New figures show that fire deaths in the capital have been cut in half over the last five years.
The London Fire Brigade says: ‘Last year, 30 people sadly lost their lives to fire – the lowest figure this millennium – compared with 59 in 2010/11.’
Fire Commissioner Ron Dobson said:
Halving fire deaths over five years, and for recorded fires to be at their lowest since records began, is a fantastic achievement.
Fire stations and fire engines do not stop fires happening; proactive prevention work and a vigilant population does. The figures are a credit to firefighters, fire engineers, fire investigators, community safety specialists and many other staff who have made huge progress in educating people about the importance of fire safety.
Every fire death is a tragedy and we will never become complacent as so many could have been avoided and we will continue to target those most at risk to further reduce the impacts of fire in the capital.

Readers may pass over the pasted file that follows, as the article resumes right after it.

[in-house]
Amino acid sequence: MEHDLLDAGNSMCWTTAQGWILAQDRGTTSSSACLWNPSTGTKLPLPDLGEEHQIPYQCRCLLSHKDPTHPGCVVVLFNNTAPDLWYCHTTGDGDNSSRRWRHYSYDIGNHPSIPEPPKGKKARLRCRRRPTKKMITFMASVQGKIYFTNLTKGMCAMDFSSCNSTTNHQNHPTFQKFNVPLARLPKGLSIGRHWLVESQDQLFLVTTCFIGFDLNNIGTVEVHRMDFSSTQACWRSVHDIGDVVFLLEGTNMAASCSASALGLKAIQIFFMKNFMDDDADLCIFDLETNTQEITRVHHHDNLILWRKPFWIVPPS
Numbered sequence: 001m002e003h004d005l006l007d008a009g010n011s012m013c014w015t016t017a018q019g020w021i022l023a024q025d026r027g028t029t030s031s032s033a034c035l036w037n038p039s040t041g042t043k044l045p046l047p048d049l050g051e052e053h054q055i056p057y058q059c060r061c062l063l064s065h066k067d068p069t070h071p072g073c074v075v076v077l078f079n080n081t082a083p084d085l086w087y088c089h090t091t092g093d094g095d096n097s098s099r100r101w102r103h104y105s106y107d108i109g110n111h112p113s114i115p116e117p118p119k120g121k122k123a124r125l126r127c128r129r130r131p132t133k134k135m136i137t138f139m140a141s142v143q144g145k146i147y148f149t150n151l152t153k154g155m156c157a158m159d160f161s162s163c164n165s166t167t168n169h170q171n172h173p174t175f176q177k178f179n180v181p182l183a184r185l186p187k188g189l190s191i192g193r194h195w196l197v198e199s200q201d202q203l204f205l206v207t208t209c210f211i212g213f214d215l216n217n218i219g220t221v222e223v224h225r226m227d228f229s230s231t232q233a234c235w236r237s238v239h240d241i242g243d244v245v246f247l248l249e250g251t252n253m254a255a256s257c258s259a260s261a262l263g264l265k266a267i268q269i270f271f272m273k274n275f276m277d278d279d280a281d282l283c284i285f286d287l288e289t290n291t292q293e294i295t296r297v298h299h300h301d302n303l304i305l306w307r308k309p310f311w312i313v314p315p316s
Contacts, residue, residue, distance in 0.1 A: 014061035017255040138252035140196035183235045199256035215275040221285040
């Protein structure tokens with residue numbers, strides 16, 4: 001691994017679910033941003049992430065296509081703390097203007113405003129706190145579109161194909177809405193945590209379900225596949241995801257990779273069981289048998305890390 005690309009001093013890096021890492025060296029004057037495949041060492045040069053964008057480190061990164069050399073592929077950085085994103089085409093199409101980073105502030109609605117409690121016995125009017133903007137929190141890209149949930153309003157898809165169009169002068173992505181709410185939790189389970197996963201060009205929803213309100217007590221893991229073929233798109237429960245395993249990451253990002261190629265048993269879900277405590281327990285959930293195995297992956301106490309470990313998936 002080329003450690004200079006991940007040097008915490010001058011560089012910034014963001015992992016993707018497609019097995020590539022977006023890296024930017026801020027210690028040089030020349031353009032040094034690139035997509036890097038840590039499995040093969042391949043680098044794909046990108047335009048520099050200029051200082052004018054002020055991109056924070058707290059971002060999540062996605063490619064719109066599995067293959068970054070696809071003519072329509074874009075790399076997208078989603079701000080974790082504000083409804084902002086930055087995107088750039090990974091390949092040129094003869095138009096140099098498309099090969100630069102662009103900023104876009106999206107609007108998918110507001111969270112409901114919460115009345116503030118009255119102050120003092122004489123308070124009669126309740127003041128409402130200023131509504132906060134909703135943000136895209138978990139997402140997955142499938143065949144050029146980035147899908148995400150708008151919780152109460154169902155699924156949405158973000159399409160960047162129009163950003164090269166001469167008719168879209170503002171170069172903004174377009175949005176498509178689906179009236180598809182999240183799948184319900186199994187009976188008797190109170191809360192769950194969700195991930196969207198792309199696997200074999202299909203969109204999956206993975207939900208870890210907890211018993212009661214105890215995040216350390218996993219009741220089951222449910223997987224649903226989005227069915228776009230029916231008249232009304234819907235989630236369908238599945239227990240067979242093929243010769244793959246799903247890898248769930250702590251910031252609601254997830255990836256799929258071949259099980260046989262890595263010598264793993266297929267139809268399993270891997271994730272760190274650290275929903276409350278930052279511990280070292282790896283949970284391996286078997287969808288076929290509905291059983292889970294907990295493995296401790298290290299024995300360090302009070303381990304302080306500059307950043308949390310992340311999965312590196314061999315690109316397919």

Last year, we visited 87,000 homes in London to undertake home fire safety visits. It’s this grassroots work to target those most at risk from fire that has helped make London safer than ever.
Other statistics show in the last five years that:
- The number of incidents has fallen to 95,712 – down 22 per cent
- Calls to the Brigade fell to 171,682 – down 21 per cent
- Serious injuries from fires are down to 593 – a 29 per cent reduction
These new figures are the first yearly statistics to be released since the closure of 10 fire stations and the removal of 14 fire engines in January 2014.
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